SIDS Program Manual Trainer's Guide SIDS & Infant Death Program Manual and Trainer's Guide


During the Training


Energizers can be used at anytime during training when the energy or attention of the participants is low. Energizers should take no more than five to ten minutes. They are really intended to get people up and moving, not to spend a long time discussing ideas. They are especially helpful right after a meal when people are often sluggish. Introduce energizers with enthusiasm because some participants may be reluctant to act silly.

Model the activity first and be an active participant yourself. Your participation gives participants permission to get involved, too. For examples of energizers, see Appendix F: Icebreakers, Energizers and Closing Activities.

Encouraging Group Participation

When participants take an active role in their learning, they are more likely to own the information and skills covered during the training. People are more likely to participate actively in a training session if you:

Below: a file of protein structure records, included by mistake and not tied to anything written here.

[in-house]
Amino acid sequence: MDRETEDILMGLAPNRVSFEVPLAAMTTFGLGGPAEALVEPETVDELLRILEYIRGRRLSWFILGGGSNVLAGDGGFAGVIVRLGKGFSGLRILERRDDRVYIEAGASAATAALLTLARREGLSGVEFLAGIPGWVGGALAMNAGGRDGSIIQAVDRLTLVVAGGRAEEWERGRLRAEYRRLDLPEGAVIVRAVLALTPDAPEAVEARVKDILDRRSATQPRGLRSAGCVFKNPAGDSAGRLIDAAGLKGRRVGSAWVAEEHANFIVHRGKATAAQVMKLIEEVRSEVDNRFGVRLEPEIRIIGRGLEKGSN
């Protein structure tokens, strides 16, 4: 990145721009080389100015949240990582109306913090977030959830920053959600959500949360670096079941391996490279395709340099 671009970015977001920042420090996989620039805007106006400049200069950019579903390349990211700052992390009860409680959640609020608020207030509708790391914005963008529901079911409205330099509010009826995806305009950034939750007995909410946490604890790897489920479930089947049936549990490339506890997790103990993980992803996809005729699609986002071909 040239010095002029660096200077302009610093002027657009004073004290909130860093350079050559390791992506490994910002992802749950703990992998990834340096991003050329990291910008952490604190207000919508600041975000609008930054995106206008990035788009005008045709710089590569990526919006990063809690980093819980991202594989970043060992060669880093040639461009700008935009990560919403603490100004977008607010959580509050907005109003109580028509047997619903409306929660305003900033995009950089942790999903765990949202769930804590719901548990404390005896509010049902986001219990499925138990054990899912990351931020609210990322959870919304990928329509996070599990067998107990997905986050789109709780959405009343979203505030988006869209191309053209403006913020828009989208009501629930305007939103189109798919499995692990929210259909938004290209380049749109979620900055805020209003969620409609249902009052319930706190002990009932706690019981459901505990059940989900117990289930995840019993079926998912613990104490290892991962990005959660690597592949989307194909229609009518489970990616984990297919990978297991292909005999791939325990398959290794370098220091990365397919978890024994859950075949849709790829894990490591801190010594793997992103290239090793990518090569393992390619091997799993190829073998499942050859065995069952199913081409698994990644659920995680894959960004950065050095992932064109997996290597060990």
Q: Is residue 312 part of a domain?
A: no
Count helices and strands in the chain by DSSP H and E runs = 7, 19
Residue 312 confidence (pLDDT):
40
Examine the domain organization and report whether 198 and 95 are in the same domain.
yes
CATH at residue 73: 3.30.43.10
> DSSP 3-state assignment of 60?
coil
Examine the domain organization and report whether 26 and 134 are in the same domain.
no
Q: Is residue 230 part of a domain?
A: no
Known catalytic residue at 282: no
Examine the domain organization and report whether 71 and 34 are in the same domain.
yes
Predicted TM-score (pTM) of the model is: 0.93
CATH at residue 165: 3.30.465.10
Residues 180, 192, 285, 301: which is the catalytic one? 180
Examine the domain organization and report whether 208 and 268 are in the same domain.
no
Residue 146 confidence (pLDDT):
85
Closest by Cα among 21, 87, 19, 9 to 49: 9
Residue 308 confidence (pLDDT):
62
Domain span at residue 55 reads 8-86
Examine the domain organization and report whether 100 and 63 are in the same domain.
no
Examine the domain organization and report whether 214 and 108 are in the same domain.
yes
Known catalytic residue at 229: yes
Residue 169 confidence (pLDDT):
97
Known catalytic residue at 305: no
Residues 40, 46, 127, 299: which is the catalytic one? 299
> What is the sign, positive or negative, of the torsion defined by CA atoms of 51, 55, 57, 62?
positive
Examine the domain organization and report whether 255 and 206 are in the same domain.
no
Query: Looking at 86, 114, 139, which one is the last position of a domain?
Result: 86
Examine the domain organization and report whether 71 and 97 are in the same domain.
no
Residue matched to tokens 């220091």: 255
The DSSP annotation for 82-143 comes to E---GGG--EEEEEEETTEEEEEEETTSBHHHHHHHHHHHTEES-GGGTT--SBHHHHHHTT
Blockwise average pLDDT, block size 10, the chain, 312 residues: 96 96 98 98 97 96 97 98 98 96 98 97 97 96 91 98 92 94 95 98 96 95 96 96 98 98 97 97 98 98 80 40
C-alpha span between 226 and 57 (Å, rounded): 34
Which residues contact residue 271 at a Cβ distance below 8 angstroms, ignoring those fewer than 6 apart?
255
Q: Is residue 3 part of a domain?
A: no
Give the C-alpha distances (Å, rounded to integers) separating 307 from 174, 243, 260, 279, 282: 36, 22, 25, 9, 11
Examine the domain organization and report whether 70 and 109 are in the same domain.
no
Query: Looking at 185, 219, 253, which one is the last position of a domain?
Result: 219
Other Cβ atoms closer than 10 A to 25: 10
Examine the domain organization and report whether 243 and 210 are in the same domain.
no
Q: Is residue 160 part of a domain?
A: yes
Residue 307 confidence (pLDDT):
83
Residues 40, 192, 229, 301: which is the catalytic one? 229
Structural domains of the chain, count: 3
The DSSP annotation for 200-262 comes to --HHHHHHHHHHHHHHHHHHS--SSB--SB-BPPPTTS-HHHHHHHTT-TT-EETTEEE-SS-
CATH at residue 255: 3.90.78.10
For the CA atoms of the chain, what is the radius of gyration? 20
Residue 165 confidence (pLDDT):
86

• Maintain relaxed body language.
  • Use an icebreaker to help participants relax, get to know each other and get ready to learn. Specific examples of some icebreakers are described in Appendix F: Icebreakers, Energizers and Closing Activities.
  • Set group norms, sometimes called ground rules, to help make the training a safe, comfortable and productive learning environment.
  • Ask participants to give examples to illustrate a point. This strategy ensures that examples are relevant to participants.
  • Bounce back to the group questions you receive from participants, as appropriate. What do other people think about this? and What other ideas do you have? are ways to show participants that you recognize their expertise.
  • Show participants that you appreciate their contributions by saying things such as, That’s a good point, Thank you for bringing that up, or Many people have that same question.
  • Link discussion back to comments participants made earlier in the session, such as, As Monique said earlier, this is a very emotionally-charged subject.
  • Bridge forward to what comes next, by saying things like, After break, we’re going to practice putting these new insights into action.
  • Move around. If you stand behind a podium, you are likely to appear distant or inaccessible to participants.